The Department for Education ‘student travel window’ guidance published on 11th November 2020 is
currently being enacted, between 3rd and 9th December. The guidance was leaked online, contains
key omissions (e.g., nothing about January’s return; nothing stated about travel or testing for staff,
very little on international students) as well as key messaging inconsistencies (e.g., it says nothing
about the risk of contracting the virus while travelling after ending a period of self-isolation, except
“only use public transport” if there is “no other option” while at the same time promotes train travel
online). The published guidance also came too late and fell far short of the stated aim to reduce the
risk of student travel in December. Yet Michelle Donelan, Minister of State for Universities, said on
BBC Radio 4 11.11.20, “SAGE warned in their advice to us on Higher Education months ago of the fact
that the mass movement of students back for Christmas was a consideration.”

The DfE guidance recommended testing to “support” the return home of students but this has already
proved highly variable in terms of approach (e.g., from use of inhouse facilities and lighthouse labs to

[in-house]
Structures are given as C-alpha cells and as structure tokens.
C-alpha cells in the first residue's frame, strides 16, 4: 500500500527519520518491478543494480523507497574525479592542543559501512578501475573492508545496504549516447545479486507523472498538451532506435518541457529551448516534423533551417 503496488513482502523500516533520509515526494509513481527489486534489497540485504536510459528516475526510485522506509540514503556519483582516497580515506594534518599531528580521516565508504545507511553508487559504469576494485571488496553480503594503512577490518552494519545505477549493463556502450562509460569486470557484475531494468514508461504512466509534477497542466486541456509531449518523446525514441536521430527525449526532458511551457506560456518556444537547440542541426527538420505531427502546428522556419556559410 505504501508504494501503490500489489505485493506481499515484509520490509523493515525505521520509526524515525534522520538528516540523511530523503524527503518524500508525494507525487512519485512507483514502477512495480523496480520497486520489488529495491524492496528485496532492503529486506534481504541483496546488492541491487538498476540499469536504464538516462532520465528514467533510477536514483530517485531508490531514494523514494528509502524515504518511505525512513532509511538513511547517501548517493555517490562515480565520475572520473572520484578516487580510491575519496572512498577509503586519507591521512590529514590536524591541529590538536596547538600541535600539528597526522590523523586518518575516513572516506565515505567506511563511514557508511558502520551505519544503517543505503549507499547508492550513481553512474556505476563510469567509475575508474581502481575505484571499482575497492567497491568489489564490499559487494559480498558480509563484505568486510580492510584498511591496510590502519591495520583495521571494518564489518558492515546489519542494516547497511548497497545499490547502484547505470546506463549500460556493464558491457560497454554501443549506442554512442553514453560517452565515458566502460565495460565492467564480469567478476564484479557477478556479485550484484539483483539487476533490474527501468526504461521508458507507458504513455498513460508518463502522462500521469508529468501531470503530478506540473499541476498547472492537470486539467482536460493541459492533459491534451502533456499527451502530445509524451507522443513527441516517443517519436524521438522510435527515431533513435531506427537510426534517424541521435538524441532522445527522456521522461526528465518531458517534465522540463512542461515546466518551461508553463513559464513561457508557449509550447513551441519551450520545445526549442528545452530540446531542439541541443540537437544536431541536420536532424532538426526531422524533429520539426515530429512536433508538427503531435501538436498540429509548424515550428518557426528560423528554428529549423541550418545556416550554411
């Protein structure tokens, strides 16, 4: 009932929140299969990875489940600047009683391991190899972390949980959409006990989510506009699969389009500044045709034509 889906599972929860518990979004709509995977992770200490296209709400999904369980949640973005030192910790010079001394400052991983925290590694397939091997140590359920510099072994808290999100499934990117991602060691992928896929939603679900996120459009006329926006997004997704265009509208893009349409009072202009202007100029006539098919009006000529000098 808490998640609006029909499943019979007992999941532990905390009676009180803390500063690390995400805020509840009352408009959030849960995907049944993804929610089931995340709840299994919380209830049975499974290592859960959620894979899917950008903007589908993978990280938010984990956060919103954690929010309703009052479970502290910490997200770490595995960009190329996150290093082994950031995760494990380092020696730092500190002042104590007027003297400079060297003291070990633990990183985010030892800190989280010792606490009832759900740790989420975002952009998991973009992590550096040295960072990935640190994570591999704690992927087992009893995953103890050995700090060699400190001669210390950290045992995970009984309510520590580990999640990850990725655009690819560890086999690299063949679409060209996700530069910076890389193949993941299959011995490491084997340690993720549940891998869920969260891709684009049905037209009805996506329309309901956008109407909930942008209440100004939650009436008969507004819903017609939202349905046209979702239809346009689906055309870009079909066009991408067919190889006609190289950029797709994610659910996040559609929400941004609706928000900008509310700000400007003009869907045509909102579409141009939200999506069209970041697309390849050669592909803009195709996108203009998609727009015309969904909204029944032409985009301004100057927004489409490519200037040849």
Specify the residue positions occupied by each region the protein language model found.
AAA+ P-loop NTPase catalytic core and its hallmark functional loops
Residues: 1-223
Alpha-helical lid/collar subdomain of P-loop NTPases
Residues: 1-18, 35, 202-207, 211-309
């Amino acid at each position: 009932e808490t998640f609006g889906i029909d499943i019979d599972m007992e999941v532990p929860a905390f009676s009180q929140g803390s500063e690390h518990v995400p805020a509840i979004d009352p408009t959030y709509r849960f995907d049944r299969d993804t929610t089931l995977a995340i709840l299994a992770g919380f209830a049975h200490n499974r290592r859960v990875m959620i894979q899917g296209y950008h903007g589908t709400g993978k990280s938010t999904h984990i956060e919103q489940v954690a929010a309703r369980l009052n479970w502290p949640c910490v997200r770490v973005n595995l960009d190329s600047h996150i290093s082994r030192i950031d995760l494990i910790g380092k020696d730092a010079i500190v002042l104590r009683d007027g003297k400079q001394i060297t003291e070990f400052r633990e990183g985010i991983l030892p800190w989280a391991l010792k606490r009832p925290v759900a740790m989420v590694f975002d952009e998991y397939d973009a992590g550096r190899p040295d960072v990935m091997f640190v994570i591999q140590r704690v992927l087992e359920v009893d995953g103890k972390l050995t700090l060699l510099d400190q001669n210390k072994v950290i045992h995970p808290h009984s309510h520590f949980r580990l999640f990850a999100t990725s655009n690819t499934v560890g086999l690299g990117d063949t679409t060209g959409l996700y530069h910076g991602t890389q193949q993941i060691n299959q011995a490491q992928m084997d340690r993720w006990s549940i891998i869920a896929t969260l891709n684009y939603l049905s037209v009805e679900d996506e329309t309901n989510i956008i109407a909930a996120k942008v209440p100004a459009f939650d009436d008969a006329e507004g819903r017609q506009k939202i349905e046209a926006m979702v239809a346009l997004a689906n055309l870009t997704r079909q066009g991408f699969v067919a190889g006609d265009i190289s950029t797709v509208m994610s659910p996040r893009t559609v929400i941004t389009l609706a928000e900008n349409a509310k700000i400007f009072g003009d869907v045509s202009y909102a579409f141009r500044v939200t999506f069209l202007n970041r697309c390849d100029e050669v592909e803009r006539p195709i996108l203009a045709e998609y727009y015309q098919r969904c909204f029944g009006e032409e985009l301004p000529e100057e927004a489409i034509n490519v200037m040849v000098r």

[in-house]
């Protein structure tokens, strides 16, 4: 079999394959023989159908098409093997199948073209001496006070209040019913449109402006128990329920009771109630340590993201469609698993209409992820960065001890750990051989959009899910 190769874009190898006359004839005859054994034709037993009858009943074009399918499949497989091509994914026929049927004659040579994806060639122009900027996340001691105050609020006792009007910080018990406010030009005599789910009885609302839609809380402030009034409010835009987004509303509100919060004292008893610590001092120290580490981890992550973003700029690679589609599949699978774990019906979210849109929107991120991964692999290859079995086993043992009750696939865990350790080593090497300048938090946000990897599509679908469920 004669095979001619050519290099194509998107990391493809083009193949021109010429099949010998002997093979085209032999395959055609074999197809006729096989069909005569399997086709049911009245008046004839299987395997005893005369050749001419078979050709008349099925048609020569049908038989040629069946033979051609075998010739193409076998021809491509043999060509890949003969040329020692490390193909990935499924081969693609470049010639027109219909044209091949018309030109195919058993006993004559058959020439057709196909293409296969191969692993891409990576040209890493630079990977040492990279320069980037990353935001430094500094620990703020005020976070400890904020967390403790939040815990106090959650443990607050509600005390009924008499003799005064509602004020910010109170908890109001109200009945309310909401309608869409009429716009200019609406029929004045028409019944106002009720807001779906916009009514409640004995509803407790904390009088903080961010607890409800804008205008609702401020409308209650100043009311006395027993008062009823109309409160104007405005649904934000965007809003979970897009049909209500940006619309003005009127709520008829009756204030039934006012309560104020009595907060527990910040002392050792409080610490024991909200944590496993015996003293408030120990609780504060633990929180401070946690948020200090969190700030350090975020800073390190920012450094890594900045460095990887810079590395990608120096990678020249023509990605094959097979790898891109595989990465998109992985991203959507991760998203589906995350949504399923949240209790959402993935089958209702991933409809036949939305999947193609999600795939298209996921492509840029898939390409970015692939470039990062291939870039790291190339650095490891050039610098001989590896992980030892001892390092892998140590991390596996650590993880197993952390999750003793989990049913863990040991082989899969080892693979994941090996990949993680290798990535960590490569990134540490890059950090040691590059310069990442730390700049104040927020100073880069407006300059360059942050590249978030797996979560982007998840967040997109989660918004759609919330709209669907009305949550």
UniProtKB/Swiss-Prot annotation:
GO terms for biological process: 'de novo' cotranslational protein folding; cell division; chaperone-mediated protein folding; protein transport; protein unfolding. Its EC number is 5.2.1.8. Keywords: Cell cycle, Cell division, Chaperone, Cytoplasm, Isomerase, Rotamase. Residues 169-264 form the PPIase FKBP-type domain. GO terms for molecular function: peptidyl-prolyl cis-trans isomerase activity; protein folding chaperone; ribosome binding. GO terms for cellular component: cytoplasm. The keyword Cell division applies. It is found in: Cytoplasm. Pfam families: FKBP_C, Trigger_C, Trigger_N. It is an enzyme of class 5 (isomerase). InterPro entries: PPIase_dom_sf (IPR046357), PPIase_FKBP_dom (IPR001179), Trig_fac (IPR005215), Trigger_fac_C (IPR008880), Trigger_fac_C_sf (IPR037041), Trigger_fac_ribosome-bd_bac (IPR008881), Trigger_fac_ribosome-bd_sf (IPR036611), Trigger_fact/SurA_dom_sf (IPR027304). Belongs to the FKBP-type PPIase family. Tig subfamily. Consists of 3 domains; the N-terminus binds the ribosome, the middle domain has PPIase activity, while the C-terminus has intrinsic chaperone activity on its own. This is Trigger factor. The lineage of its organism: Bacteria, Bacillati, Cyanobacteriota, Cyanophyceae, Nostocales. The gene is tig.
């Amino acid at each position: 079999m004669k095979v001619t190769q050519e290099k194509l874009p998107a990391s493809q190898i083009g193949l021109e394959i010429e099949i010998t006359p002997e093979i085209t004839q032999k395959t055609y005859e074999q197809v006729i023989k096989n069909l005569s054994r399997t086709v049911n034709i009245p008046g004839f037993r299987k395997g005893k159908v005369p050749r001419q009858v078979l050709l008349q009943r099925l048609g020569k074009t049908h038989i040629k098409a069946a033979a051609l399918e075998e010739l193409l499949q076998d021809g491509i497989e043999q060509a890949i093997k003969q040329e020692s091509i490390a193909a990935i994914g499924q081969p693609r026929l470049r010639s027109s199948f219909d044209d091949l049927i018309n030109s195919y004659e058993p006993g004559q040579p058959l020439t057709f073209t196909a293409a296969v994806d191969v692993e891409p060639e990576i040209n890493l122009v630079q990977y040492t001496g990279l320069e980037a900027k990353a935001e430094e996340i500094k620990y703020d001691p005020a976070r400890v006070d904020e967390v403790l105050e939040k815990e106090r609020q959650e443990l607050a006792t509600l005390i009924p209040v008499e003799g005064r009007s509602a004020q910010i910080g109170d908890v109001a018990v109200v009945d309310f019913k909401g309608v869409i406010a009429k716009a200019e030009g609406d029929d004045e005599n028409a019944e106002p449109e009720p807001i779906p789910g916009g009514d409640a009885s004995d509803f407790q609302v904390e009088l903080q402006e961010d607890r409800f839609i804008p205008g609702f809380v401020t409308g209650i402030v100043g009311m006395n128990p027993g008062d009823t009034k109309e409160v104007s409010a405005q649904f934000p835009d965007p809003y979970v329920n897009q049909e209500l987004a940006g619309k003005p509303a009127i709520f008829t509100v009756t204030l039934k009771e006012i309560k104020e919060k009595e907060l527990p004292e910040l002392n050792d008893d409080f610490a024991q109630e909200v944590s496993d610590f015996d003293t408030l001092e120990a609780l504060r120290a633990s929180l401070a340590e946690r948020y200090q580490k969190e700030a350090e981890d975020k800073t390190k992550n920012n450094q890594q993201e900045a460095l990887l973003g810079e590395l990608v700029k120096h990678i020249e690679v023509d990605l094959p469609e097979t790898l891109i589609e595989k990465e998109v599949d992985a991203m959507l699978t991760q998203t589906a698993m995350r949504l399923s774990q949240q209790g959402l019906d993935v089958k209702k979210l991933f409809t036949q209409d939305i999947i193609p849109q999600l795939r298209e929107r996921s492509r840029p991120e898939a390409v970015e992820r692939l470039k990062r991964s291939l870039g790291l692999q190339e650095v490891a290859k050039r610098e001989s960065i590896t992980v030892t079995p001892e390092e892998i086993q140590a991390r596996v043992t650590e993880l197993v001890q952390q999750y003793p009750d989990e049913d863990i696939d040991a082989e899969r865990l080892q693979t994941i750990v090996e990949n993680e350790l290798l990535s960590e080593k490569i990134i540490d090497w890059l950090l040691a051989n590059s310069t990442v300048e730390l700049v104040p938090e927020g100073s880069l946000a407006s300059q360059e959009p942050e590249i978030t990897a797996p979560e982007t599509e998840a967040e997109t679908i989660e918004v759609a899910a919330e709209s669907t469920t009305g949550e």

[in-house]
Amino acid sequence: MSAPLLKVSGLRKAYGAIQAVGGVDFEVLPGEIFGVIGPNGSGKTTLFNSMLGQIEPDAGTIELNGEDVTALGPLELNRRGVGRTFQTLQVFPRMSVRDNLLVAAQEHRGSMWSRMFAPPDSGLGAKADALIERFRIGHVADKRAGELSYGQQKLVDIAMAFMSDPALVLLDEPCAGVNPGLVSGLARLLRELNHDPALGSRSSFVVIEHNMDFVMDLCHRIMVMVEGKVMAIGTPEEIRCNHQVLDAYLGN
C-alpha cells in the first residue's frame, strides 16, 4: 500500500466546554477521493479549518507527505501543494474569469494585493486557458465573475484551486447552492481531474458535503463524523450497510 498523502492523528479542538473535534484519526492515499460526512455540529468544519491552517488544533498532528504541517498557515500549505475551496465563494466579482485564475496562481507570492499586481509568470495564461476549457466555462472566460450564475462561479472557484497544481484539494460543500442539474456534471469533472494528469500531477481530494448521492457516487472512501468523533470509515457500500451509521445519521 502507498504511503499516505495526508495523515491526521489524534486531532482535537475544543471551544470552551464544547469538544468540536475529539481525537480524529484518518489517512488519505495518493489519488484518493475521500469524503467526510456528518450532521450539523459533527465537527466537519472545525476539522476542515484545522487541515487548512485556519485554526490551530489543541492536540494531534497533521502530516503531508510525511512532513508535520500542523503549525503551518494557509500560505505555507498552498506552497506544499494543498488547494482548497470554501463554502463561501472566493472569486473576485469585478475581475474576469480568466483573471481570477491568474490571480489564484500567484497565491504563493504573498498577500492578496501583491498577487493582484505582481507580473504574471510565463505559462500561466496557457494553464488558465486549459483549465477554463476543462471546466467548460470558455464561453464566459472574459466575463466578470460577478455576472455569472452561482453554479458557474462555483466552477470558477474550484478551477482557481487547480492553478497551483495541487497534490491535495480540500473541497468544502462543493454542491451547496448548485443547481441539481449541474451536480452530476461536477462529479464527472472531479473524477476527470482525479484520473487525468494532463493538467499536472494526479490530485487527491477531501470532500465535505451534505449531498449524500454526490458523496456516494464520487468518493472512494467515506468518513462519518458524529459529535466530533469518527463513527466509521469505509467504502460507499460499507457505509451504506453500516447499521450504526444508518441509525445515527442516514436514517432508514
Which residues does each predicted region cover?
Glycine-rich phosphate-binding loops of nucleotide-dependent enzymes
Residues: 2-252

private outsourcing). The efficacy of the tests being widely has been subject to much concern
regarding the percentage false negative results which undermines the reassurance they are designed
to give ahead of travelling home. We do not know how many universities are actually offering testing;
how many students can access testing if wanted; how many students are taking up the offer of testing,
or “how they will react to positive or negative results, among many other things.” Finally, the logistics
of testing thousands of people “in such a small timeframe – while following social distancing rules” is
“extremely challenging”.

While a Covid-19 vaccine is closer to being realised, it is highly unlikely that university staff and
students will be vaccinated before Easter. We do not know what the impact will be of the ‘student
travel window’ and the Christmas break on numbers of infections in January. Thus, Independent SAGE
maintains its position to keep universities open safely by maximising remote learning except
practice-based courses – in addition to reducing the risks of transmission in enclosed indoor spaces –
until Easter 2021. We set out the reasons below and consider January in more detail in Section 3.

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